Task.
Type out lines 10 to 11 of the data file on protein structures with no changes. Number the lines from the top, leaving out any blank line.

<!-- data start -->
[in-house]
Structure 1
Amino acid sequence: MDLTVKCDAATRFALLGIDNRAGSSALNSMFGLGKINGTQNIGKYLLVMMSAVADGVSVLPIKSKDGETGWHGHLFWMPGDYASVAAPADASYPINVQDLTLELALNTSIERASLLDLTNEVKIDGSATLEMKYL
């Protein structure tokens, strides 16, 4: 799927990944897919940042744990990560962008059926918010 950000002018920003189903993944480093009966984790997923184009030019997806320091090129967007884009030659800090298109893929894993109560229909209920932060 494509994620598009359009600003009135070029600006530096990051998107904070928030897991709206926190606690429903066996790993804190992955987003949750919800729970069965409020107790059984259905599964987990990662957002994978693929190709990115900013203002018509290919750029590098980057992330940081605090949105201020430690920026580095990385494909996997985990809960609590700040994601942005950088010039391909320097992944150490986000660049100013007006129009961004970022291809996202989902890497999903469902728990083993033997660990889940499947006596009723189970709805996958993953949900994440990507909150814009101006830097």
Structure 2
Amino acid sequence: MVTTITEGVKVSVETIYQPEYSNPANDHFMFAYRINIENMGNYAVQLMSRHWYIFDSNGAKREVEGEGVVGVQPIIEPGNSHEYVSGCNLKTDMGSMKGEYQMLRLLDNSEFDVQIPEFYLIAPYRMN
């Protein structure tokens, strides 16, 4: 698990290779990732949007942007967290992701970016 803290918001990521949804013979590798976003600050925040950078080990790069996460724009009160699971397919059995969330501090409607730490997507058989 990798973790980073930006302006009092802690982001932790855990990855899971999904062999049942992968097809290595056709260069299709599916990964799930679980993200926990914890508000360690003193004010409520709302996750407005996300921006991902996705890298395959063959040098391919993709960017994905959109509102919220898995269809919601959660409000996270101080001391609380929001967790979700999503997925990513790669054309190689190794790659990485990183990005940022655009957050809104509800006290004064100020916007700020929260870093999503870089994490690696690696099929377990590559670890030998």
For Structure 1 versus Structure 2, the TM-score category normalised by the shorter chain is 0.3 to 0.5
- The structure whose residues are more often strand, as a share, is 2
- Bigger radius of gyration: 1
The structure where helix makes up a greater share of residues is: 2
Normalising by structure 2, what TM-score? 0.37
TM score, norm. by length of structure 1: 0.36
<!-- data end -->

- Bigger radius of gyration: 1
The structure where helix makes up a greater share of residues is: 2